The first PMQs of the parliamentary year opened in glorious confusion. It's getting so hard to see where Blair stops and Cameron begins they may be taking the innovative evolutionary step of mutating into a single new species. It's the children I feel sorry for.
Both began by accusing the other with accusations that should rightfully be applied to themselves. I couldn't follow it, actually, not there and then.
"No limit to private involvement in the health service!" the PM cried passionately. But was he attacking Oliver Letwin's proposition, or supporting Patricia Hewitt's policy? It's all going so fast I can't keep up.
Blair said he would resist the Conservative campaign against cuts in the NHS. Admitting, perhaps, that cuts were being made. Unless he was campaigning against a campaign called Campaign Against the Cuts. Because they're not cuts, are they, but a slowdown in the rate of spending increases.
We know that because that's how the Tories described it when they were campaigning in favour of the cuts (not that they called them cuts, it was Blair who used to call them cuts but now calls them increases unless the Tories agree with him in which case they become cuts again).
Right, we're well on the way. Blair also took care to denounce a Tory proposal for the NHS becoming an independent commissioning board, saying nobody on the Government front bench was in favour of such a board. That ignored the fact it is Gordon Brown's big idea for health. It's the basis of his prime ministerial campaign.
So this gave added point to Cameron's friendly question: does the PM still back Brown's bid for leadership? That must have hurt. Nothing is more damaging than friendly messing in the Eton manner. Blair turned his back on the question twice, and Cameron gave an elegant turn to The Independent's original advertising line by asking whether he backed the Chancellor as his successor? "I do, does he?"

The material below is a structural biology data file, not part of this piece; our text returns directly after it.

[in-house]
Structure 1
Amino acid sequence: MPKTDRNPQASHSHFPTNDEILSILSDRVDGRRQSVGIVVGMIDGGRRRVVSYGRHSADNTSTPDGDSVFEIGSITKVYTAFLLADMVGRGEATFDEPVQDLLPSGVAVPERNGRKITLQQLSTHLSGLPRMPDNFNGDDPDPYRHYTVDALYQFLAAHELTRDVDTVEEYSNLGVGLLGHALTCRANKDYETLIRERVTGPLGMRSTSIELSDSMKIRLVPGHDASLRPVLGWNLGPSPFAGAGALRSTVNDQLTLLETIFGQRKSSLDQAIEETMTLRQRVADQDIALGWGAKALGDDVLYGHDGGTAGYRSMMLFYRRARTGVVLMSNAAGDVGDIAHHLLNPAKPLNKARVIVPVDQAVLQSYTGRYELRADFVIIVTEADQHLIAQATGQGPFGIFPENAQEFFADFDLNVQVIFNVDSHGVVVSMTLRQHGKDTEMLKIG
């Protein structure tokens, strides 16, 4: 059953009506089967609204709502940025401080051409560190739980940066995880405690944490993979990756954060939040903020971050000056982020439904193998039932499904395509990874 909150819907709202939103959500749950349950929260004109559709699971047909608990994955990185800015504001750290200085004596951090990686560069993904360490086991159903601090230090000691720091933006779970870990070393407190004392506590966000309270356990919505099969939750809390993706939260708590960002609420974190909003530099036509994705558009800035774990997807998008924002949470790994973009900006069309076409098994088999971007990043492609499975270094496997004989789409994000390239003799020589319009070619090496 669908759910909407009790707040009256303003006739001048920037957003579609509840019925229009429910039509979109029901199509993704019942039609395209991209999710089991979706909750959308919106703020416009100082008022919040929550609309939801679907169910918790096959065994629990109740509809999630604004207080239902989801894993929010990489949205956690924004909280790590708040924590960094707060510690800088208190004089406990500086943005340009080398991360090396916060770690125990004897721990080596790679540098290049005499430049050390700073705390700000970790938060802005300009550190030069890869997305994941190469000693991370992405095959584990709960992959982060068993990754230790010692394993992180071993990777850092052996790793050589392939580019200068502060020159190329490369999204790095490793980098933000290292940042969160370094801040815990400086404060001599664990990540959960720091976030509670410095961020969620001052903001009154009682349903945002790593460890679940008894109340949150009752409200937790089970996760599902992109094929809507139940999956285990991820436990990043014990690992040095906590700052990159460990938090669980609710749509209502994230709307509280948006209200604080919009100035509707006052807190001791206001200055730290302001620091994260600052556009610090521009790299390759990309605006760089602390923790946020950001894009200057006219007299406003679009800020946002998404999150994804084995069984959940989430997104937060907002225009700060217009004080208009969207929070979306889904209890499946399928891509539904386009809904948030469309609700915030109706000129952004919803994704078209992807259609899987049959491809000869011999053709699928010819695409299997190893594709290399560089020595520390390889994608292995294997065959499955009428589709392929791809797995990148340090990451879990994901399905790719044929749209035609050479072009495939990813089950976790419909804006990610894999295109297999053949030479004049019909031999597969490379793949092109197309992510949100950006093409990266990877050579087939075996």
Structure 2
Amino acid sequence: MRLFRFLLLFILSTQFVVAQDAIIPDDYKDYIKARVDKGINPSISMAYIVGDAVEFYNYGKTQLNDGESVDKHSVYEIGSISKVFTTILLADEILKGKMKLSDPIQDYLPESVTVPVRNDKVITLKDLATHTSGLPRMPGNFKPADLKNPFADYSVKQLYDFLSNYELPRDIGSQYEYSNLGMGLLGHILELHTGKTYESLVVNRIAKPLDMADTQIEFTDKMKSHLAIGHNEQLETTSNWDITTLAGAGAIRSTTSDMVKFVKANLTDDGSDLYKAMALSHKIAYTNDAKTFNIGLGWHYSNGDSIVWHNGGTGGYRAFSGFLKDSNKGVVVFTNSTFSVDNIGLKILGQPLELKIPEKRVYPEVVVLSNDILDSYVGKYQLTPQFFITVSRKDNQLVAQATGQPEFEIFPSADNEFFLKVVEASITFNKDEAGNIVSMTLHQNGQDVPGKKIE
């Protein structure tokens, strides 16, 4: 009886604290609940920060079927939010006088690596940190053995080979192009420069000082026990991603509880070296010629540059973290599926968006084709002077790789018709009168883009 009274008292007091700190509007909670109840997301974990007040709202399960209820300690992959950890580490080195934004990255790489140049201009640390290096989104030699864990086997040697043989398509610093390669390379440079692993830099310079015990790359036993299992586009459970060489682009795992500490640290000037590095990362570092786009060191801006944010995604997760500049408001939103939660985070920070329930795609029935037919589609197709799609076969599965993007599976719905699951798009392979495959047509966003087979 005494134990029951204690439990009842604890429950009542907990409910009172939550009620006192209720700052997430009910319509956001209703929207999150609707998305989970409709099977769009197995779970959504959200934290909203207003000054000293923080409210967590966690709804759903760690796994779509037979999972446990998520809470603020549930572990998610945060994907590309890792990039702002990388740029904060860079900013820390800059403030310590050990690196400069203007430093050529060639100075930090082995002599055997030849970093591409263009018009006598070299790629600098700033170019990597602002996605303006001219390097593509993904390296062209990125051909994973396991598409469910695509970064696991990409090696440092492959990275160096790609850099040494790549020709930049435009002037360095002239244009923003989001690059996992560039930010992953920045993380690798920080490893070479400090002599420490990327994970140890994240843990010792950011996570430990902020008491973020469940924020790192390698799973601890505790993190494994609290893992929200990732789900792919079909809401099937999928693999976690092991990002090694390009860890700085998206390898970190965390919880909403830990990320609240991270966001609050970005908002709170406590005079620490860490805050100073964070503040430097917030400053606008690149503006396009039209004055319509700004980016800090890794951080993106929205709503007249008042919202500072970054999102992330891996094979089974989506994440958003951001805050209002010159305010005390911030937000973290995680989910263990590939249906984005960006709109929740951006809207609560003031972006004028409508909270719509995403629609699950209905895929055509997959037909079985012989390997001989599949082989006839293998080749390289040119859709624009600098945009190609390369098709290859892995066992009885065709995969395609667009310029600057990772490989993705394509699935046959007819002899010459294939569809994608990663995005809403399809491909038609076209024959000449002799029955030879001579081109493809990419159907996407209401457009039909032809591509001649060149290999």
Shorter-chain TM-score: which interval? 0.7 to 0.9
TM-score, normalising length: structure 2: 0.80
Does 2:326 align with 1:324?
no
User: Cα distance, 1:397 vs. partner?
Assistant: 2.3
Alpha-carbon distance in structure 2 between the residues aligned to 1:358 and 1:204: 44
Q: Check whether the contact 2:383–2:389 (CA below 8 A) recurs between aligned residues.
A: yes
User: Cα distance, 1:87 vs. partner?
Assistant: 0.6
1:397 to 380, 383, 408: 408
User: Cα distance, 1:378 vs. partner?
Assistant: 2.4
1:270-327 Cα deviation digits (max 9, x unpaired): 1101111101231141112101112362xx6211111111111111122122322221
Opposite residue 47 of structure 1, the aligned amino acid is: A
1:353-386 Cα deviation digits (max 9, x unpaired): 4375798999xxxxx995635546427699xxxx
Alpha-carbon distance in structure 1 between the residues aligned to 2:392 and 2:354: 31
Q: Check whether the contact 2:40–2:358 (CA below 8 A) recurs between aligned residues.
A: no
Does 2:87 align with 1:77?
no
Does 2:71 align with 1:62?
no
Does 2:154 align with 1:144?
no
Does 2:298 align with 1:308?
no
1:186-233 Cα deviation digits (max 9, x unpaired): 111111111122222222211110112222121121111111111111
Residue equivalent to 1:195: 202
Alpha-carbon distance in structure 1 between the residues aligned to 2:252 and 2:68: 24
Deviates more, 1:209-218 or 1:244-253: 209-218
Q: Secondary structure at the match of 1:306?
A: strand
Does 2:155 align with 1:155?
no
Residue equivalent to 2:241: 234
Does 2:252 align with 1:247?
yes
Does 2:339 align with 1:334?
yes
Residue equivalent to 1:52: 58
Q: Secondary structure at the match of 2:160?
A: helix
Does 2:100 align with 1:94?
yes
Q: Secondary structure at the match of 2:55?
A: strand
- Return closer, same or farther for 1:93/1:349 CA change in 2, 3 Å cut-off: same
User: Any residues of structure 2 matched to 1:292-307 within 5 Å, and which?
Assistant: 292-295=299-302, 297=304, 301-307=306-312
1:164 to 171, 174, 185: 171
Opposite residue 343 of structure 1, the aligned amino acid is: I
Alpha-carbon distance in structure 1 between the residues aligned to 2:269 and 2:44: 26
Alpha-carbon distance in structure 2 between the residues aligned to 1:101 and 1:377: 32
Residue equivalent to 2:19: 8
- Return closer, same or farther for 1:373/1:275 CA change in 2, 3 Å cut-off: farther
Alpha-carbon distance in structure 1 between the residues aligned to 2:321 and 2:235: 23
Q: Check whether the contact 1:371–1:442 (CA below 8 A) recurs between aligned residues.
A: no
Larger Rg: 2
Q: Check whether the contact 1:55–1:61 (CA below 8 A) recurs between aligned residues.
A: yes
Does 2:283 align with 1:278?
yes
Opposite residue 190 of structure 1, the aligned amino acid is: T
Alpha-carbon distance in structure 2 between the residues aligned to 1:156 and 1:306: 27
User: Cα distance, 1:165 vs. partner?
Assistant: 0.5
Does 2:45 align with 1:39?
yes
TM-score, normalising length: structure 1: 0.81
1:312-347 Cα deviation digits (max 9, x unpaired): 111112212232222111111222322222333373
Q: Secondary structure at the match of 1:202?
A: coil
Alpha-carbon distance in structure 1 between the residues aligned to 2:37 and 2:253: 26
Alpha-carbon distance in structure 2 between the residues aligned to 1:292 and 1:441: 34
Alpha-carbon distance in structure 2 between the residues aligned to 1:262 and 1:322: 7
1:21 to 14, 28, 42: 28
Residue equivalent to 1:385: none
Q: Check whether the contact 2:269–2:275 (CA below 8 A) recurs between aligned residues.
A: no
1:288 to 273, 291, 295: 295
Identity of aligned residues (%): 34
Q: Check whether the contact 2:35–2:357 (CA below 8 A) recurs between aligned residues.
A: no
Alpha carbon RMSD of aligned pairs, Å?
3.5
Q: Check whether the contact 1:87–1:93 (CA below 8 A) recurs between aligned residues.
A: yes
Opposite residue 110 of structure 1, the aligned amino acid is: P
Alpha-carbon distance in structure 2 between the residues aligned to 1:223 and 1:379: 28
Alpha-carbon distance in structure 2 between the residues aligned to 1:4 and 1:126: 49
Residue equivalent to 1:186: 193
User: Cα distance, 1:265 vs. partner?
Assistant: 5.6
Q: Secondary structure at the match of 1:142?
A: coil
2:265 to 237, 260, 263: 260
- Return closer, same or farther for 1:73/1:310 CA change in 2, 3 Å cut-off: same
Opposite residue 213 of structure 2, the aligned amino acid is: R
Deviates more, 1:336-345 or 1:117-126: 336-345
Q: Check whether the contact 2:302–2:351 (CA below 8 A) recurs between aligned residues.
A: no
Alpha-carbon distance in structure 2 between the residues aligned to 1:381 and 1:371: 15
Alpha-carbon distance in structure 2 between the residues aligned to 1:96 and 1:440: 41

Oh, the opposition delight it caused when the PM shied away from the question. Cameron supports Gordon because he is heir to Blair and of the two, neither is now more opposed to Gordon than the other, though both pretend to be in favour of him.
Rattled, perhaps, Blair made errors. In one collectable moment he talked about deporting foreign prisoners but it came out as "deporting foreign secretaries" (what is he thinking?). He also said "inflation is at an historic high" and anyone serious about protecting borders from illegal immigrants had to approve of ID cards (hang on, isn't that why we have passports?).
A clear Cameron win, then; but Cameron can't beat Blair, considering the way things are going, without it being self-defeating.Reuse content